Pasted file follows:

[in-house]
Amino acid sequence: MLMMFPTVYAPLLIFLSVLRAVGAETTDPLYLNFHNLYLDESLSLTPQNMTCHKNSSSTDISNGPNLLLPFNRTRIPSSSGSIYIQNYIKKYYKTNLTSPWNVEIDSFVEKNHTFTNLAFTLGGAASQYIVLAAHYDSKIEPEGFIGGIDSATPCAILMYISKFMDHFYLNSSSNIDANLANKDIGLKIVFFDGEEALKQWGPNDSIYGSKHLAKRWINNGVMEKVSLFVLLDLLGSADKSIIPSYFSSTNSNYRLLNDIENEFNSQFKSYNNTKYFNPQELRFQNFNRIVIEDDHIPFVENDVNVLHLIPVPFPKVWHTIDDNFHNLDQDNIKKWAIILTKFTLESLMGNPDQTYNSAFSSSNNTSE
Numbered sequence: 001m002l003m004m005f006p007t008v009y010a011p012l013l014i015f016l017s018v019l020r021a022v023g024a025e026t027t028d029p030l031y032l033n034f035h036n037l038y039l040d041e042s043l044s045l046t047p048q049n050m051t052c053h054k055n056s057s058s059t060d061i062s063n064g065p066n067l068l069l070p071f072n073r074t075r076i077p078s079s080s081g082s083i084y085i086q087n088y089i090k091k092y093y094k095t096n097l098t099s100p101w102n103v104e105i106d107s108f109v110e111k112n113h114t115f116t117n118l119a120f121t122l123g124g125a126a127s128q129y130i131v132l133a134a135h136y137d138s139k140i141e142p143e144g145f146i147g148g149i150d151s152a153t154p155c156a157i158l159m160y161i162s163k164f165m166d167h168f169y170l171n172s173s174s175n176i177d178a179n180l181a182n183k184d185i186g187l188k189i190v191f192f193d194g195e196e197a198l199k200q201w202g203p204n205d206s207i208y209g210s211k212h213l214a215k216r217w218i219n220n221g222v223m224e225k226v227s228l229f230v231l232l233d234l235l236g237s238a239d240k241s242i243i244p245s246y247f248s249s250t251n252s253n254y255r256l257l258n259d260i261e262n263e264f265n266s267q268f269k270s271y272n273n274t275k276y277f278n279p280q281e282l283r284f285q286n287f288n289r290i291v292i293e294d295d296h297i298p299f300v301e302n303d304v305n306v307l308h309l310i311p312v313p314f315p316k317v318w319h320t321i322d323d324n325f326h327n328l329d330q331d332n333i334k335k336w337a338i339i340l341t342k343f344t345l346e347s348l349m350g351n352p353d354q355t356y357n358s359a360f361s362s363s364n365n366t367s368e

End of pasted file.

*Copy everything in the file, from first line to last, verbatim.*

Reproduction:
[in-house]
Amino acid sequence: MLMMFPTVYAPLLIFLSVLRAVGAETTDPLYLNFHNLYLDESLSLTPQNMTCHKNSSSTDISNGPNLLLPFNRTRIPSSSGSIYIQNYIKKYYKTNLTSPWNVEIDSFVEKNHTFTNLAFTLGGAASQYIVLAAHYDSKIEPEGFIGGIDSATPCAILMYISKFMDHFYLNSSSNIDANLANKDIGLKIVFFDGEEALKQWGPNDSIYGSKHLAKRWINNGVMEKVSLFVLLDLLGSADKSIIPSYFSSTNSNYRLLNDIENEFNSQFKSYNNTKYFNPQELRFQNFNRIVIEDDHIPFVENDVNVLHLIPVPFPKVWHTIDDNFHNLDQDNIKKWAIILTKFTLESLMGNPDQTYNSAFSSSNNTSE
Numbered sequence: 001m002l003m004m005f006p007t008v009y010a011p012l013l014i015f016l017s018v019l020r021a022v023g024a025e026t027t028d029p030l031y032l033n034f035h036n037l038y039l040d041e042s043l044s045l046t047p048q049n050m051t052c053h054k055n056s057s058s059t060d061i062s063n064g065p066n067l068l069l070p071f072n073r074t075r076i077p078s079s080s081g082s083i084y085i086q087n088y089i090k091k092y093y094k095t096n097l098t099s100p101w102n103v104e105i106d107s108f109v110e111k112n113h114t115f116t117n118l119a120f121t122l123g124g125a126a127s128q129y130i131v132l133a134a135h136y137d138s139k140i141e142p143e144g145f146i147g148g149i150d151s152a153t154p155c156a157i158l159m160y161i162s163k164f165m166d167h168f169y170l171n172s173s174s175n176i177d178a179n180l181a182n183k184d185i186g187l188k189i190v191f192f193d194g195e196e197a198l199k200q201w202g203p204n205d206s207i208y209g210s211k212h213l214a215k216r217w218i219n220n221g222v223m224e225k226v227s228l229f230v231l232l233d234l235l236g237s238a239d240k241s242i243i244p245s246y247f248s249s250t251n252s253n254y255r256l257l258n259d260i261e262n263e264f265n266s267q268f269k270s271y272n273n274t275k276y277f278n279p280q281e282l283r284f285q286n287f288n289r290i291v292i293e294d295d296h297i298p299f300v301e302n303d304v305n306v307l308h309l310i311p312v313p314f315p316k317v318w319h320t321i322d323d324n325f326h327n328l329d330q331d332n333i334k335k336w337a338i339i340l341t342k343f344t345l346e347s348l349m350g351n352p353d354q355t356y357n358s359a360f361s362s363s364n365n366t367s368e